Meredith Bell is living the dream: one moment she’s flying across the world to Chengdu, China, piloting the most advanced aeroplane known to man, Boeing’s 787 Dreamliner, and the next she’s back in the comfort of her home with her family. And thanks to the Dreamliner’s revolutionary air conditioning system, which uses outside air and then humidifies it, she barely even gets jet lag: “I can do an 11 hour flight to China and feel like I’ve done a two hour flight in a conventional aircraft,” she says with evident joy. “I really do have the most wonderful job in the world.”
Bell is one of only a handful of female airline pilots in the UK. The small number of female pilots is an industry wide issue (globally, less than 4 per cent of pilots are women). At British Airways, where Bell works, 5 per cent of pilots are women (the airline has 200 female pilots), which is more than at any other UK carrier. BA’s female pilot programme is trying to address this and increase the number of female pilots. Bell, however, has never seen her gender as an obstacle in rising to the top, in what is still largely regarded as a predominantly male-dominated profession.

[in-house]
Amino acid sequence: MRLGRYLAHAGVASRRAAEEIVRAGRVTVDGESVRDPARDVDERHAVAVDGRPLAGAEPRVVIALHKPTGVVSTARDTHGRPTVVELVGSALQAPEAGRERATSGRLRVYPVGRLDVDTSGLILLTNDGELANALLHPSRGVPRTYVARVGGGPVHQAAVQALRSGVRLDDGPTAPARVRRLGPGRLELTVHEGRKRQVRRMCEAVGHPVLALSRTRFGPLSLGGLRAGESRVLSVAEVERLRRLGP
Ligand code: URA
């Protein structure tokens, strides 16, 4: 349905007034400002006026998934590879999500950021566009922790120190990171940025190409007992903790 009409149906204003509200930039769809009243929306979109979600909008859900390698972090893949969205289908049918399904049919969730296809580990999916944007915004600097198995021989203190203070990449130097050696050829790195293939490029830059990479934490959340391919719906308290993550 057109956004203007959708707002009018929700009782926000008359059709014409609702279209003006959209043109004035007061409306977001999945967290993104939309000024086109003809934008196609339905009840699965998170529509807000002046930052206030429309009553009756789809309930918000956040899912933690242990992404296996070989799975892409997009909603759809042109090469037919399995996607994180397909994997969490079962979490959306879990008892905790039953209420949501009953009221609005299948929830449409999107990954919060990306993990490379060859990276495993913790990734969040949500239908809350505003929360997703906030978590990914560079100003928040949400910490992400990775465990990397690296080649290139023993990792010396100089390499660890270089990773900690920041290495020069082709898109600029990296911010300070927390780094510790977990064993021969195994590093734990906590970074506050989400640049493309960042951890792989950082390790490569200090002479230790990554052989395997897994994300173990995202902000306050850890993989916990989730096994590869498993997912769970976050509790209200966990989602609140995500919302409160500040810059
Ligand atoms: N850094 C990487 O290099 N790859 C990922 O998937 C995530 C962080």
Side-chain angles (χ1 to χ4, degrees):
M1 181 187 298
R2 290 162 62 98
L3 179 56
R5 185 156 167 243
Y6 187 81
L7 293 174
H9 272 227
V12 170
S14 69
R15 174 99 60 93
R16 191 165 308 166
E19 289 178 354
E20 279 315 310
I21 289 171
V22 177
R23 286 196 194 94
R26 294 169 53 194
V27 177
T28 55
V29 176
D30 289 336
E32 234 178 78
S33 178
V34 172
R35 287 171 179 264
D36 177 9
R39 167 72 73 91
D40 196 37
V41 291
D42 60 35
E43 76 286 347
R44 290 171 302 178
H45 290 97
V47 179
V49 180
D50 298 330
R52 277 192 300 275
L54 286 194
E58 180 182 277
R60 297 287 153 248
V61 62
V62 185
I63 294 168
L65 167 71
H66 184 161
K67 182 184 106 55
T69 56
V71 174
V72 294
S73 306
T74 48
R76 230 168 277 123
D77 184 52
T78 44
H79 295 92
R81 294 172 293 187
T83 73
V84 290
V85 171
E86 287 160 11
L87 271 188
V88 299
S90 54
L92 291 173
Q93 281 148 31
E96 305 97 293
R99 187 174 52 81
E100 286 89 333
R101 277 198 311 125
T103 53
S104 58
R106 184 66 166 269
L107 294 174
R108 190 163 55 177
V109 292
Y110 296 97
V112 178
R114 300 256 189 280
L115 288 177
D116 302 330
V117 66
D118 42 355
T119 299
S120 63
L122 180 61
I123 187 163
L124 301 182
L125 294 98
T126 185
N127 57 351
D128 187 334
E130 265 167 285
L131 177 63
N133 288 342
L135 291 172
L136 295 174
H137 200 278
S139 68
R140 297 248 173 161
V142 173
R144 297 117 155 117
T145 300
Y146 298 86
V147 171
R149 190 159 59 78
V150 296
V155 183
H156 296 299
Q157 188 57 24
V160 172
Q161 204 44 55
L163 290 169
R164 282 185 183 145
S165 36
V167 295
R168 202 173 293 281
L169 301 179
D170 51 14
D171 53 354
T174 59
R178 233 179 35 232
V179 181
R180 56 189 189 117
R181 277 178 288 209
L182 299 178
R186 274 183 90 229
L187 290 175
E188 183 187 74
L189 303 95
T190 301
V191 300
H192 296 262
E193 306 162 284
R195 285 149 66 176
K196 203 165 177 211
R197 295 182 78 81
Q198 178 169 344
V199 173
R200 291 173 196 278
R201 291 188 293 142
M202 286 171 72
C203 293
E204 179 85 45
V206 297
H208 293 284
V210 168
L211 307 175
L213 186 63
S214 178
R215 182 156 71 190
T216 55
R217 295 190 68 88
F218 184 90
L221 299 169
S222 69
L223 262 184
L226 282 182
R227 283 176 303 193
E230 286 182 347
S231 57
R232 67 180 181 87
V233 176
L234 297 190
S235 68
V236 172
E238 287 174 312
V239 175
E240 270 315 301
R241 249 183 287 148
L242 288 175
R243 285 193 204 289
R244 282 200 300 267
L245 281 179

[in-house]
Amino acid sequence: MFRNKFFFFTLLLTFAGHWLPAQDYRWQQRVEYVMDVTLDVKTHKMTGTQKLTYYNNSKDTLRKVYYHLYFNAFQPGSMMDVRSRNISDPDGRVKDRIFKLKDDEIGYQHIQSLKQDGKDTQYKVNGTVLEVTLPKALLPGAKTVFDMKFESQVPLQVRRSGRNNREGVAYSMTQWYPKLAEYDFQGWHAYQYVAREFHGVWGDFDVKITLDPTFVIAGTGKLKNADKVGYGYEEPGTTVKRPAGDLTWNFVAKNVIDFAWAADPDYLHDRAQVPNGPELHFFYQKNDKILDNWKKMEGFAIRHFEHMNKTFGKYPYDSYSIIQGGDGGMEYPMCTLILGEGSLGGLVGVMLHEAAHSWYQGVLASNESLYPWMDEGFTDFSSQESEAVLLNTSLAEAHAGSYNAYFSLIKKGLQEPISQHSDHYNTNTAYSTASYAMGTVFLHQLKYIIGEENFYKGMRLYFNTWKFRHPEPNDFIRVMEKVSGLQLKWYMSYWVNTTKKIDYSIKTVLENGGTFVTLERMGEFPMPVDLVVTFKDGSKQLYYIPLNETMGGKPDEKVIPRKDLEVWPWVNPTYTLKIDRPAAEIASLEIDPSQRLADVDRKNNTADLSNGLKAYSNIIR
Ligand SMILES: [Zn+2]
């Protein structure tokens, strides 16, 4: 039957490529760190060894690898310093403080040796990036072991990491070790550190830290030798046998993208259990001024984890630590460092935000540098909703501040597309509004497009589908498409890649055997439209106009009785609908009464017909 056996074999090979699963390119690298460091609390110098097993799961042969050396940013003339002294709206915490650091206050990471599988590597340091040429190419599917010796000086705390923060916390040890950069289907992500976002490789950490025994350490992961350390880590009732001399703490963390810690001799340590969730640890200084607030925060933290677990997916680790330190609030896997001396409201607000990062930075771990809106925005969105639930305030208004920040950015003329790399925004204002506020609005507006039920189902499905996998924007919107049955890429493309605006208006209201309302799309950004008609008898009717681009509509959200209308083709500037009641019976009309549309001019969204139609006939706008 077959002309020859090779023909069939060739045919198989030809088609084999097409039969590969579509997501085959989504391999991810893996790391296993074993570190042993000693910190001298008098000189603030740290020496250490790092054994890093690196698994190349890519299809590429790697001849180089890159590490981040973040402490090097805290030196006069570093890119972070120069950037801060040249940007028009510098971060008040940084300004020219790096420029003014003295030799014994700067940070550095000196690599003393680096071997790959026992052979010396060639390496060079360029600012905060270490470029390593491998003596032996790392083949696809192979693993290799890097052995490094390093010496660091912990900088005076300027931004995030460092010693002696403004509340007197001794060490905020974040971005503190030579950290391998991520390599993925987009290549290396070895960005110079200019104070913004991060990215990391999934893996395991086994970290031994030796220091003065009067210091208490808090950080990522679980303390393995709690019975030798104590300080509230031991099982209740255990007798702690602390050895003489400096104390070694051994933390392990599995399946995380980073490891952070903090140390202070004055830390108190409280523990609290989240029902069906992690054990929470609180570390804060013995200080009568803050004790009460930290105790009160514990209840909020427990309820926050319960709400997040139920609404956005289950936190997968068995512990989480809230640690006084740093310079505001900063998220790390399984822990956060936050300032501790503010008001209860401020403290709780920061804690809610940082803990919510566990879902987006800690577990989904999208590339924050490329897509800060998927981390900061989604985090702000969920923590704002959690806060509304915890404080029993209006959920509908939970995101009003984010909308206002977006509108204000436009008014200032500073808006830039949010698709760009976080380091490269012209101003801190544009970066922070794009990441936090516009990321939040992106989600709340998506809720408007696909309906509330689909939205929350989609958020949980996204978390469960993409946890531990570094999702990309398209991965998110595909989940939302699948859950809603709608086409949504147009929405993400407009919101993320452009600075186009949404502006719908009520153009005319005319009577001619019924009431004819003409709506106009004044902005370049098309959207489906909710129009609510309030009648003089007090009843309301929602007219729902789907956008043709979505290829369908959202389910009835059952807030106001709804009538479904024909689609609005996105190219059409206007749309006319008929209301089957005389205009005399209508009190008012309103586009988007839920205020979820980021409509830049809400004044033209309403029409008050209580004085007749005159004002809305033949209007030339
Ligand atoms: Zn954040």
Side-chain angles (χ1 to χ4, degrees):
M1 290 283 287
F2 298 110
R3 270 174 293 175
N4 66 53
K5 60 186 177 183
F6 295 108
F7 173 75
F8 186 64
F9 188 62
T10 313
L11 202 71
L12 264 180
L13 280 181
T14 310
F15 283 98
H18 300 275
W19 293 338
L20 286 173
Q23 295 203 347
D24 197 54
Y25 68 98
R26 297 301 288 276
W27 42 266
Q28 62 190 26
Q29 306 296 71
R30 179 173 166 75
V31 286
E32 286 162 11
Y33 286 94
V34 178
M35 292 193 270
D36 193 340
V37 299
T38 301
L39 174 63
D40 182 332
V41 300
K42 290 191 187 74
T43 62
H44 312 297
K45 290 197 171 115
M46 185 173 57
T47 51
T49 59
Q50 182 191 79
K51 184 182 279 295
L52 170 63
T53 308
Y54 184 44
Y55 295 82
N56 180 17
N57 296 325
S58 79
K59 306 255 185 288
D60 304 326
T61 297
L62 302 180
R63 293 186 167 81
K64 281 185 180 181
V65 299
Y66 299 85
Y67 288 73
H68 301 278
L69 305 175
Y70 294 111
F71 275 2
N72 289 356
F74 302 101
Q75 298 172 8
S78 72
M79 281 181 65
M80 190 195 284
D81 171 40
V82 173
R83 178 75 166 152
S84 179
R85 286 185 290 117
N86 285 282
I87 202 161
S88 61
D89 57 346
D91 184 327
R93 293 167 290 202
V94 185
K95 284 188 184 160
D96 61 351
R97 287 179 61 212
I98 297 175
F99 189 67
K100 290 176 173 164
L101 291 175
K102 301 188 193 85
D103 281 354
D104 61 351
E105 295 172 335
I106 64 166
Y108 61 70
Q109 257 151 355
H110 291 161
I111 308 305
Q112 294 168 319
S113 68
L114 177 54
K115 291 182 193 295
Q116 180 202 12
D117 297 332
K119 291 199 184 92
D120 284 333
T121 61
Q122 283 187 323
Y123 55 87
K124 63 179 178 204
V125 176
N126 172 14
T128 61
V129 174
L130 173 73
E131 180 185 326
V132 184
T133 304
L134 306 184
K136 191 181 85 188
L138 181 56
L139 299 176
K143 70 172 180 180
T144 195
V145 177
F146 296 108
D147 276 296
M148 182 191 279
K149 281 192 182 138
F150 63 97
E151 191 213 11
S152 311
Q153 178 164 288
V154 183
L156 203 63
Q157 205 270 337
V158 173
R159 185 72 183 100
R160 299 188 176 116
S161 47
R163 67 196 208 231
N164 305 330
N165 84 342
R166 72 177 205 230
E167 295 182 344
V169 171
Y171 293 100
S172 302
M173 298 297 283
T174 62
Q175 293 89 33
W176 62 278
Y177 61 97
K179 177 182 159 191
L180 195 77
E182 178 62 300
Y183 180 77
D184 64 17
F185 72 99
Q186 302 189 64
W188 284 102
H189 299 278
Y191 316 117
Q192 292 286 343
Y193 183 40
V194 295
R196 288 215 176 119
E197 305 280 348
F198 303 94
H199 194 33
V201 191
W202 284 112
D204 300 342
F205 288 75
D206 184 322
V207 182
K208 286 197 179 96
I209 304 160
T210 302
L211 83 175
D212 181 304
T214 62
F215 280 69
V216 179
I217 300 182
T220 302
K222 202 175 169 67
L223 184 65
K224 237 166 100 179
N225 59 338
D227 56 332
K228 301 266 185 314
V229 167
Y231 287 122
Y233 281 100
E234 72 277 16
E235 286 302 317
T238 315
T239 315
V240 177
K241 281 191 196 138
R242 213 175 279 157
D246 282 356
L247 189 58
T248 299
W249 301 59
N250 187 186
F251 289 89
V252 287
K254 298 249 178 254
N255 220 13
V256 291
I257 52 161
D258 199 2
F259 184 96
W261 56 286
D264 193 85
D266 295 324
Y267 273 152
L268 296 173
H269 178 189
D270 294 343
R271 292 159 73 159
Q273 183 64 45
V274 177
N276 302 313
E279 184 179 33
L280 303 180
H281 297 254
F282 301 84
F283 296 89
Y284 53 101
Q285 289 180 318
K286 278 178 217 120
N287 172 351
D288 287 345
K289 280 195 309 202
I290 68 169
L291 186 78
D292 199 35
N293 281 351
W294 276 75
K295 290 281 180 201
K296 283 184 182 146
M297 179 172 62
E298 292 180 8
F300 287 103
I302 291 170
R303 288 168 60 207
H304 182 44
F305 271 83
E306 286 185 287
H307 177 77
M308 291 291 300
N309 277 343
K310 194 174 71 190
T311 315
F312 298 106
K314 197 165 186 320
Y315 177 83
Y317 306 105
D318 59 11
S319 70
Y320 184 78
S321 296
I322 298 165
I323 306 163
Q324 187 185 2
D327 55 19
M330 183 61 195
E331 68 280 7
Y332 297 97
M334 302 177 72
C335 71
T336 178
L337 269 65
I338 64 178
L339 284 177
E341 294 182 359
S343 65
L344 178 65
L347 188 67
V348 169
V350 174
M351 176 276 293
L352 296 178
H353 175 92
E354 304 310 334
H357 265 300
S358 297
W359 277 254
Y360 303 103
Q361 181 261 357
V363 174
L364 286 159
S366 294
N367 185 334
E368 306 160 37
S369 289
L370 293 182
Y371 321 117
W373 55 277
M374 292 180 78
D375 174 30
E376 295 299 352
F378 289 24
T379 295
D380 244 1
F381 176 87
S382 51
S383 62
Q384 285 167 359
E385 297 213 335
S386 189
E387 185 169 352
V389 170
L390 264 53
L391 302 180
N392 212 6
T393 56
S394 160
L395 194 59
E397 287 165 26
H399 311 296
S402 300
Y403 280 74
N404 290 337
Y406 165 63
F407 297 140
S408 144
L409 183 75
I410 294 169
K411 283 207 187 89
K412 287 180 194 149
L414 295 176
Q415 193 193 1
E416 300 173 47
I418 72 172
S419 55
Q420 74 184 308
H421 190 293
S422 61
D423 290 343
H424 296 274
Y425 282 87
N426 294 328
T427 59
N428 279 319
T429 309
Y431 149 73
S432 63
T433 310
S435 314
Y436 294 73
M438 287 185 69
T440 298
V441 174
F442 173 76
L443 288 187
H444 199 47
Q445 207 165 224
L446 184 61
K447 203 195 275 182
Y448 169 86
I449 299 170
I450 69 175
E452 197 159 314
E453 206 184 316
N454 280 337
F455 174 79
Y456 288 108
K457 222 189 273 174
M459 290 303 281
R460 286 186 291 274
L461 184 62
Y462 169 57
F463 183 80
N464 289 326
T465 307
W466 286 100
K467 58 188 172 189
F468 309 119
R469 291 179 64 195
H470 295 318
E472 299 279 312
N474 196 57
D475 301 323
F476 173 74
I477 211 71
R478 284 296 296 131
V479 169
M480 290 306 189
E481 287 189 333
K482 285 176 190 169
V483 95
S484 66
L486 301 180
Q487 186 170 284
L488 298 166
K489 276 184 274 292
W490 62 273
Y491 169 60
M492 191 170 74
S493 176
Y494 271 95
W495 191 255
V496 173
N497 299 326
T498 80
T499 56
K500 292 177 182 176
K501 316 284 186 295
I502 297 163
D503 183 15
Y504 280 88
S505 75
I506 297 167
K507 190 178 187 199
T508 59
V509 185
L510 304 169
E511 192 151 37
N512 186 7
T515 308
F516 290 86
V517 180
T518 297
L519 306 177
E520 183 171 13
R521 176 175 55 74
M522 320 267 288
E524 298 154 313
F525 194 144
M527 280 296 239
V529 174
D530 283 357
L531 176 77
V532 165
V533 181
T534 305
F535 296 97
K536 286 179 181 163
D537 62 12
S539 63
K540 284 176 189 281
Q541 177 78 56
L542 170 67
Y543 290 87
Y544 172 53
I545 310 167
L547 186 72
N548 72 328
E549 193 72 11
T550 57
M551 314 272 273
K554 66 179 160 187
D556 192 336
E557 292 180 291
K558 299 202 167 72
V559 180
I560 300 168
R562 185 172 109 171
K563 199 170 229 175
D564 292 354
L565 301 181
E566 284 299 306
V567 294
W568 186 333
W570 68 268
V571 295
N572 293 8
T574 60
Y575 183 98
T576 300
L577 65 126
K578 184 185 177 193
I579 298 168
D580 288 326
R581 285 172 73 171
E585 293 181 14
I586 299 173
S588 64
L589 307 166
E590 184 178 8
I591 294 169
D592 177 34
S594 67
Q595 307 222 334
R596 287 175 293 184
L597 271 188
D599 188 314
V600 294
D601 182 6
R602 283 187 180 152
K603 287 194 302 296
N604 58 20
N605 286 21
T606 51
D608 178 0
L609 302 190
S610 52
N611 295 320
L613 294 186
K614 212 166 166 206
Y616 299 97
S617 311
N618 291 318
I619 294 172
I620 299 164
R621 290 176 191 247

“Being a pilot is, I think, still seen as a man’s job, but I don’t think about it,” she tells me. “It’s just that there are fewer women than there are men. There are no more challenges for this role if you are a woman than there are if you’re a man.”
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